We’re committed to helping truly needy people, so they can eventually help themselves. That includes serving spiritual food as well as physical sustenance. In Deuteronomy 8:3b, Jesus said, “Man shall not live on bread alone, but on every word that proceeds out of the mouth of God” (Matthew 4:4).
We are also committed to having more budget workshops, meal preparation classes and helping to educate people with other public organizations that can also be of assistance. (i.e. housing information center, first call for help, social security, etc..)
Another way to handle the situation is to allow a person to work for his money. In II Thessalonians 3:10, it states “that if any would not work, neither should he eat.” Handing a man a paintbrush or shovel is a sure way to check out his motivation.
Benevolent Assistance Procedures:
The challenge to church leaders is clear. We need to respond biblically. We simply cannot sidestep the issue and hope it will go away. It is here at our doorstep. Historically, this was once the church’s responsibility to provide aid to the poor, aged and disabled. The church, for whatever reasons, allowed government to take over this burden. Now, because of cuts in various federally funded assistance programs, people are again turning to the church for help.
We here at Good Shepherd have purpose to, within biblical guidelines, help where we can to meet the needs of individuals.
Our committee will consist of three members at all times, hearing each request, and if at any time these three members can not agree, the request will be decided by the Pastor.
Since church members have worked hard to earn funds for purchasing provisions, it is agreed by the committee to prayerfully consider each request and to guarantee good stewardship.
We will look at the basic needs for survival (food, shelter – heat and electricity) and clothing. Telephone expenses will be included only if a life and death situation exists in the home (someone is seriously ill and the phone is a necessity).
Because of the size of our congregation, we will assist an individual only once in a twelve month period, unless the circumstances prove that it is extremely necessary.
The committee will at any time have access to the individual’s record of financial givings, attendance and service. Malachi 3:10 “Bring ye all the tithes into the storehouse, that there may be meat in mine house, and prove me now herewith, saith the Lord of hosts, if I will not open you the windows of heavens, and pour you out a blessing, that there shall not be room enough to receive it.”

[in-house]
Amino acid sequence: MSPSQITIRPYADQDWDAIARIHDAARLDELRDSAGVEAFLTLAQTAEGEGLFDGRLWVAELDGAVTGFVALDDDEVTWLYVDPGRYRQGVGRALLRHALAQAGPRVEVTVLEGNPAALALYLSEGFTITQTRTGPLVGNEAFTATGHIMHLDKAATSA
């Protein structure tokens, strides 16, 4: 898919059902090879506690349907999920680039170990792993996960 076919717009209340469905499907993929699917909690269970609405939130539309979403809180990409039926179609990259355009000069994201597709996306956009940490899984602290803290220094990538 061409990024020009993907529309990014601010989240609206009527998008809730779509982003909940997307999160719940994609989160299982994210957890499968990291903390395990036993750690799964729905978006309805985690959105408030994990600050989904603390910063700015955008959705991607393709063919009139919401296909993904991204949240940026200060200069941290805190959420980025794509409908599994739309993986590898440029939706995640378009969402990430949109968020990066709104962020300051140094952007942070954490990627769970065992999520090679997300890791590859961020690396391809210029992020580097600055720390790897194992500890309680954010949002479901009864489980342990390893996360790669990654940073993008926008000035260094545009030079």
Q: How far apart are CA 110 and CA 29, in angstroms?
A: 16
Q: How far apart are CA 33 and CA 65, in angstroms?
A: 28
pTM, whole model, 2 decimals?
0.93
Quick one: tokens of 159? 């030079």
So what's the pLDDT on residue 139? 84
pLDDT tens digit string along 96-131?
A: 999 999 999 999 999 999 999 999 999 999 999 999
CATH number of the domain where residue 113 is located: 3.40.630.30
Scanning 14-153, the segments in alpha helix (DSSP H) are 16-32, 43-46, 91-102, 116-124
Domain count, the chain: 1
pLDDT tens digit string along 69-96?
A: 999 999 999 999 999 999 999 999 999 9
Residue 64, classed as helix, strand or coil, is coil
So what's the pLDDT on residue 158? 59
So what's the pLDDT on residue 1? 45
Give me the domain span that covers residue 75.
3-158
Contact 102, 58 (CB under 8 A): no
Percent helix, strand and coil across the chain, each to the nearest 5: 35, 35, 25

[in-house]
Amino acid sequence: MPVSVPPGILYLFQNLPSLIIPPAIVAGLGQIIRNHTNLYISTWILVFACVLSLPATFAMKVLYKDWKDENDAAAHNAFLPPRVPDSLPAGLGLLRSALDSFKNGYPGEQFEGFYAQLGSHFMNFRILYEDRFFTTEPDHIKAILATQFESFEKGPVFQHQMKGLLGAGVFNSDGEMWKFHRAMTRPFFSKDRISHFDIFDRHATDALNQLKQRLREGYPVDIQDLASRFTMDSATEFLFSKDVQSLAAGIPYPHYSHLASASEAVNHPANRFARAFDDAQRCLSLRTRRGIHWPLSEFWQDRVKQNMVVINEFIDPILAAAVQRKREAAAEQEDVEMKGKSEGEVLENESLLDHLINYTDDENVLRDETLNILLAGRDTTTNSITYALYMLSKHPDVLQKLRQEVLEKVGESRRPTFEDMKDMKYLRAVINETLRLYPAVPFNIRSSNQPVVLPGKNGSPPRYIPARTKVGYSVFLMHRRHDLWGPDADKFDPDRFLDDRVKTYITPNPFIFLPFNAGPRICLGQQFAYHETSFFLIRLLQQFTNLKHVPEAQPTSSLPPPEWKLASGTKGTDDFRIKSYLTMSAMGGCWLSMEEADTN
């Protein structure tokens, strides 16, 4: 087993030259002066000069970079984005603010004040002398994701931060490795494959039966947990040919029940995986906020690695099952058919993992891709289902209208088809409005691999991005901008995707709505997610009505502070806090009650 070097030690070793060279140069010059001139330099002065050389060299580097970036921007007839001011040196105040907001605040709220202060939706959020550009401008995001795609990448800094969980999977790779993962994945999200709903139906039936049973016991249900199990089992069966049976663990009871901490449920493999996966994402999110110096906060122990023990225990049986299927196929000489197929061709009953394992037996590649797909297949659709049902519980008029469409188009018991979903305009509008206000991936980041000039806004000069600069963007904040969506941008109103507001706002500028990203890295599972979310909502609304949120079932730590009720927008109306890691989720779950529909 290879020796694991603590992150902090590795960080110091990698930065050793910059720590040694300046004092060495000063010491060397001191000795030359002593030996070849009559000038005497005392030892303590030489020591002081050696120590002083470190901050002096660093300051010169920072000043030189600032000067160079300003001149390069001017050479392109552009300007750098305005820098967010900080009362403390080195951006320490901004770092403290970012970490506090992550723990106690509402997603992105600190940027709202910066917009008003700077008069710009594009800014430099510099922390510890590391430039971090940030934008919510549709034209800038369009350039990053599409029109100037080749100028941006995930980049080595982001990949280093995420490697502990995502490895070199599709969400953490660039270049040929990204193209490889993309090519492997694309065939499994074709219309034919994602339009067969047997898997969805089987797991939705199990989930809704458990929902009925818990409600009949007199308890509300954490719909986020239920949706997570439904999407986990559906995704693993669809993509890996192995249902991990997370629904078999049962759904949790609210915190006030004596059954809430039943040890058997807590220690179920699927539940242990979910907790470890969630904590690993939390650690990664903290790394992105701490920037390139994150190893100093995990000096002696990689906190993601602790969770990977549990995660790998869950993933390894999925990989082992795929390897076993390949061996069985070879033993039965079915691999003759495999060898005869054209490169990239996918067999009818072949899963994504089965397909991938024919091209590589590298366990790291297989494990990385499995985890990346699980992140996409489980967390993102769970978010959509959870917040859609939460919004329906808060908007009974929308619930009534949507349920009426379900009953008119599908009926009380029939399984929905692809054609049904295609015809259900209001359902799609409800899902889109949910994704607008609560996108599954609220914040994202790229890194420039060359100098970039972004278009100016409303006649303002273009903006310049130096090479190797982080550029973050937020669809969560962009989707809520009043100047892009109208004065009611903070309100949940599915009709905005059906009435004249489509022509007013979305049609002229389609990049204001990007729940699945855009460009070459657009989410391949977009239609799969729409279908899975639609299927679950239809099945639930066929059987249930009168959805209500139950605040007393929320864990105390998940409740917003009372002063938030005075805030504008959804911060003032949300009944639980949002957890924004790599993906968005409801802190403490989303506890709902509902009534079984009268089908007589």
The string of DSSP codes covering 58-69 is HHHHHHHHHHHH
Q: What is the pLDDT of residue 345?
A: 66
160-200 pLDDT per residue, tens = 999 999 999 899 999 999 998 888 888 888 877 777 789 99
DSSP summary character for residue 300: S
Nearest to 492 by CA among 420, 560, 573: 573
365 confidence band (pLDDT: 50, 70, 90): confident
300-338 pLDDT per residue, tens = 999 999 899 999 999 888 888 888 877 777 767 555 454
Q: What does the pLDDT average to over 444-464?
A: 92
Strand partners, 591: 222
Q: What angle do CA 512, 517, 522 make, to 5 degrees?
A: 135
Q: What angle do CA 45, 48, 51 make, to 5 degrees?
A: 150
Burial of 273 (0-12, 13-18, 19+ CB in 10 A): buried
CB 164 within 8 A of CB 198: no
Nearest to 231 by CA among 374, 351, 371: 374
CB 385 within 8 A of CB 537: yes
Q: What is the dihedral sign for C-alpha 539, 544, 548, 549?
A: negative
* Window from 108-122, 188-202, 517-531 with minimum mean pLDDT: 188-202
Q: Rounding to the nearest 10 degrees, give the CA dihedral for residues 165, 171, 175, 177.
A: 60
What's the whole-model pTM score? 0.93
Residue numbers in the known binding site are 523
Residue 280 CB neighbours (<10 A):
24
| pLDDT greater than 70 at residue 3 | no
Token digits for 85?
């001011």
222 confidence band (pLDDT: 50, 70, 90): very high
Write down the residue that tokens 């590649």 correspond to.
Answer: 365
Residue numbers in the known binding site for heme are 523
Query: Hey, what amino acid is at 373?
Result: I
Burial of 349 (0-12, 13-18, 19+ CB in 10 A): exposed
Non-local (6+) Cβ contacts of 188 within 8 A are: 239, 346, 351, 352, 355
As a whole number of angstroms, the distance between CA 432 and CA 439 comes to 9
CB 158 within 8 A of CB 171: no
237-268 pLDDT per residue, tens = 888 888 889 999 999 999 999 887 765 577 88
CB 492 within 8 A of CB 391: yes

We as a church have three options:
- Help everyone. Provide food, shelter and clothing to anyone who has an apparent need.
- Help no one.
- Help the truly needy. The ideal is to help these people become self-sufficient without
creating a dependency on the church or another welfare system.
We have elected to help the truly needy. In doing so, we have developed the following strategy:
Who qualifies for aid?
We are responsible, according to the Bible, to help strangers and those in the body of Christ.
Hebrews 13:2 tells us “do not neglect to show hospitality to strangers, for by this some have entertained angels without knowing it.”
I John 3:17 “Whoever has the world’s goods and beholds his brother in need and closes his heart against him, how does the love of God abide in him?”
In setting priorities, the body of Christ comes first according to Galatians 6:10 “do good to all men and especially to those who are of the househol d of the faith.”
Who do we consider needy?
Those without resources or an immediate ability to help themselves are considered to be needy.
Resources include assistance from family, relatives and friends. I Timothy 5:10 “But if any widow have children or nephews, let them learn first to show piety at home and to requite their parents; for that is good and acceptable before God.” Property, savings accounts, cars, television or any other surplus items can be sold for basic provisions.
To what extent should we meet needs?
We should meet immediate needs, while helping people become self-supporting.
To demonstrate good stewardship and to ensure that the church is not being taken advantage of, we have prepared an interview questionnaire to be completed by any individual requesting assistance. The questionnaire is designed to help the committee determine a person’s identity, employment status, possible church affiliation and any additional resources he or she may have overlooked.
When assistance is approved, checks will be made out to the organization or place of need, not to the individual (except in the case of bereavement).